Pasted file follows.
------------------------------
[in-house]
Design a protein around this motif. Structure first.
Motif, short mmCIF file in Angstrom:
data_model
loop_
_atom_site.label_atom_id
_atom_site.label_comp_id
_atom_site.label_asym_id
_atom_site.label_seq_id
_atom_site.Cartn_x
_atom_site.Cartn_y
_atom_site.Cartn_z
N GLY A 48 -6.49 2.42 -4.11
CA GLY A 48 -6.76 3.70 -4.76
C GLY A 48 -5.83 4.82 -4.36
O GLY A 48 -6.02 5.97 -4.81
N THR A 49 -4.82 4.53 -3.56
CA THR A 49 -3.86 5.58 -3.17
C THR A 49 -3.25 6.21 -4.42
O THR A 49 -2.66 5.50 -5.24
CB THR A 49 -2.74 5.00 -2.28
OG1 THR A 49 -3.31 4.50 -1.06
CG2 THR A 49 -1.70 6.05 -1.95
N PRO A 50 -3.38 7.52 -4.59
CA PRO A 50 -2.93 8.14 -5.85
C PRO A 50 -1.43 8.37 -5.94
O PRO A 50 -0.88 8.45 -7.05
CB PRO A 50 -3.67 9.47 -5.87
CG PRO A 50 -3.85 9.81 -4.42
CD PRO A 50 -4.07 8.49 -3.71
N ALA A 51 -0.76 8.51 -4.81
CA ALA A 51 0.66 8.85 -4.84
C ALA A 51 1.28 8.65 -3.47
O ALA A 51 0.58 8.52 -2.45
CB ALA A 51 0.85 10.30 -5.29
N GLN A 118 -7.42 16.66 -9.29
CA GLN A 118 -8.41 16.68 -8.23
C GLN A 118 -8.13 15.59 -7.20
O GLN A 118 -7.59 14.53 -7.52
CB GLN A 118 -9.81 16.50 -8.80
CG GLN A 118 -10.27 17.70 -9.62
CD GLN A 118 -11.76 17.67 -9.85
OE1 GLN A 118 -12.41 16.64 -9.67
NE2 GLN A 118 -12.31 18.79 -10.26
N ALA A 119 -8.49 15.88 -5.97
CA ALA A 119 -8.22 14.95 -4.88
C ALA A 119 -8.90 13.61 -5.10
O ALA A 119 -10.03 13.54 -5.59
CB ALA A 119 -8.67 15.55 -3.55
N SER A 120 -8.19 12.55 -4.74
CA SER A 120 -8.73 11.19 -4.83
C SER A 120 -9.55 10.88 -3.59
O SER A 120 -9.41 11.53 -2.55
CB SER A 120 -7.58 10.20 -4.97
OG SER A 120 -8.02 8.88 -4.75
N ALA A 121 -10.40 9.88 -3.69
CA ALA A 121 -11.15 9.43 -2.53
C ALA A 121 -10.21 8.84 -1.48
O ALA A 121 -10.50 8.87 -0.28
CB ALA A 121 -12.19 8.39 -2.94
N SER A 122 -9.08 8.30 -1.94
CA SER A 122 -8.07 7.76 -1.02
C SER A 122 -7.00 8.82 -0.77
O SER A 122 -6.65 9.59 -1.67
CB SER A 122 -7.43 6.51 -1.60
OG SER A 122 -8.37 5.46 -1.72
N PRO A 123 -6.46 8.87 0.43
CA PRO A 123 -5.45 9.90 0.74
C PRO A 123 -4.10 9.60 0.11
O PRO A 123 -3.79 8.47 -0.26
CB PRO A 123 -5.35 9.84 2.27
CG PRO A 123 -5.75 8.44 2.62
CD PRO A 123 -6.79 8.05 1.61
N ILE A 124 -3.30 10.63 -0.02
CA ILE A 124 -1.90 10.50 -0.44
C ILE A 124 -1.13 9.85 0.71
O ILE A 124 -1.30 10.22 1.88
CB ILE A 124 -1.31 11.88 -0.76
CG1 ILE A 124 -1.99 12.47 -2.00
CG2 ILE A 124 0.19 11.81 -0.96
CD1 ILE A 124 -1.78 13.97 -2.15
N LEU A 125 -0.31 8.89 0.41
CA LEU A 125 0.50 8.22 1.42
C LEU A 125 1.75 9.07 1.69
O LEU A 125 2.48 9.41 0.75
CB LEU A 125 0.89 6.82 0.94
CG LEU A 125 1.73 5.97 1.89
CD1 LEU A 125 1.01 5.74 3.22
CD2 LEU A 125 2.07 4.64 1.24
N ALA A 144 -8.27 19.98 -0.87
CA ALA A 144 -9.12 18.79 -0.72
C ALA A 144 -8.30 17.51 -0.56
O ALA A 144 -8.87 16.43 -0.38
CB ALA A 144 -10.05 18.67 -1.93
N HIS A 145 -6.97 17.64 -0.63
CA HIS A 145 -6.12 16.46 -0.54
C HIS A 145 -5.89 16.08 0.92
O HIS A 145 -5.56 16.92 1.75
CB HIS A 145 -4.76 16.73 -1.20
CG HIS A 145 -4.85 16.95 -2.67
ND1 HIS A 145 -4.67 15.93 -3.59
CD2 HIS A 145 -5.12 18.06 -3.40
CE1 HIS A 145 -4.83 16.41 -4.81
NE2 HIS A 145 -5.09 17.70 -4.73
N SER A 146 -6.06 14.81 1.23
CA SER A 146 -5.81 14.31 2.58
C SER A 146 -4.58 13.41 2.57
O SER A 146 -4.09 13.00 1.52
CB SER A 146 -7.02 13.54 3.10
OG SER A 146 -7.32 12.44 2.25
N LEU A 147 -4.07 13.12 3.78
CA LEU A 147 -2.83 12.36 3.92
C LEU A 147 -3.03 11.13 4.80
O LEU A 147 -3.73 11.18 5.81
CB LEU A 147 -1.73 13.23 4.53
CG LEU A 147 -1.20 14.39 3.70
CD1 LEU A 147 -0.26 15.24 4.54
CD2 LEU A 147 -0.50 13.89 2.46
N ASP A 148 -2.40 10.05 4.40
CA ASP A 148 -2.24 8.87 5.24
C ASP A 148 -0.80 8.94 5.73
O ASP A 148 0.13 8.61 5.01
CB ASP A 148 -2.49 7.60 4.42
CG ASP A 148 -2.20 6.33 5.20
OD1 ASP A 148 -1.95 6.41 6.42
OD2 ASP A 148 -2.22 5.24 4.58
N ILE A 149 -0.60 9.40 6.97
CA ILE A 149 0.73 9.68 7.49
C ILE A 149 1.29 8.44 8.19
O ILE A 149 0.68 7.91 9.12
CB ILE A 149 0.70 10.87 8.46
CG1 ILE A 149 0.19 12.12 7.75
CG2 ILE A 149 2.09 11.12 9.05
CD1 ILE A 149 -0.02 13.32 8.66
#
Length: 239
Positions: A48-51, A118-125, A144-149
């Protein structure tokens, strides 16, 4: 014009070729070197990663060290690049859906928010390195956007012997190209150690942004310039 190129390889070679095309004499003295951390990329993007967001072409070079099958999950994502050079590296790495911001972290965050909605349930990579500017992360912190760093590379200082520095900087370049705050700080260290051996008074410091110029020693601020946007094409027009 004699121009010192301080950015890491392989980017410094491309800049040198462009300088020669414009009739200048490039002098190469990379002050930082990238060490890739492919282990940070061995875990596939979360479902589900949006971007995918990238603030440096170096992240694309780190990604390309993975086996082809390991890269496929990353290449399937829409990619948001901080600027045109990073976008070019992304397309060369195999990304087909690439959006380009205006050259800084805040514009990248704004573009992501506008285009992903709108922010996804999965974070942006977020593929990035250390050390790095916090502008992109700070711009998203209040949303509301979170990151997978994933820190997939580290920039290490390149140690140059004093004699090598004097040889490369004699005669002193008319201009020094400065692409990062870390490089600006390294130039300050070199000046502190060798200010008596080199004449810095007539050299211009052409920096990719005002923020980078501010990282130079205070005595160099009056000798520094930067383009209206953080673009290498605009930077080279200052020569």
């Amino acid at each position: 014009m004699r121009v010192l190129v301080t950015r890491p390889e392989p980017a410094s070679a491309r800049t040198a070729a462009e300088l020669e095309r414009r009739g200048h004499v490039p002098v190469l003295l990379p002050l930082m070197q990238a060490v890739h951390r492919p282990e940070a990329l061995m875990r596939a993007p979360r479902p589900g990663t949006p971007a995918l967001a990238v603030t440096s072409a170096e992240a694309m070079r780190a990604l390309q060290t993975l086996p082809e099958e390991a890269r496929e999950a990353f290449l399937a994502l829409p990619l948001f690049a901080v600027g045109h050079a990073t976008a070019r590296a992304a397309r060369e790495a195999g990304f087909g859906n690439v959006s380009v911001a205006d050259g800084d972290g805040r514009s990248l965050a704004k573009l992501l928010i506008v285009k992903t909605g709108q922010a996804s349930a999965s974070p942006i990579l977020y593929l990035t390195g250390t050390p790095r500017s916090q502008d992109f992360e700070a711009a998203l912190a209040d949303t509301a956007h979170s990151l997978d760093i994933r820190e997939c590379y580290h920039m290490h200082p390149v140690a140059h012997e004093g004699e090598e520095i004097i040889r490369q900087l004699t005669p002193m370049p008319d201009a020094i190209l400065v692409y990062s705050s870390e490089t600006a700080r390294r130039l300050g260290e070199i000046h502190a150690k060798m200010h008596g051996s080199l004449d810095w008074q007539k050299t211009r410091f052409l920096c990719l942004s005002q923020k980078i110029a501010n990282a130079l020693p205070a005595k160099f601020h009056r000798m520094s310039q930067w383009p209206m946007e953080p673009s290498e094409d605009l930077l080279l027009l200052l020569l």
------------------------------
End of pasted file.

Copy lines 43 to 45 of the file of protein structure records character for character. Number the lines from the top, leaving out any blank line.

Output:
OE1 GLN A 118 -12.41 16.64 -9.67
NE2 GLN A 118 -12.31 18.79 -10.26
N ALA A 119 -8.49 15.88 -5.97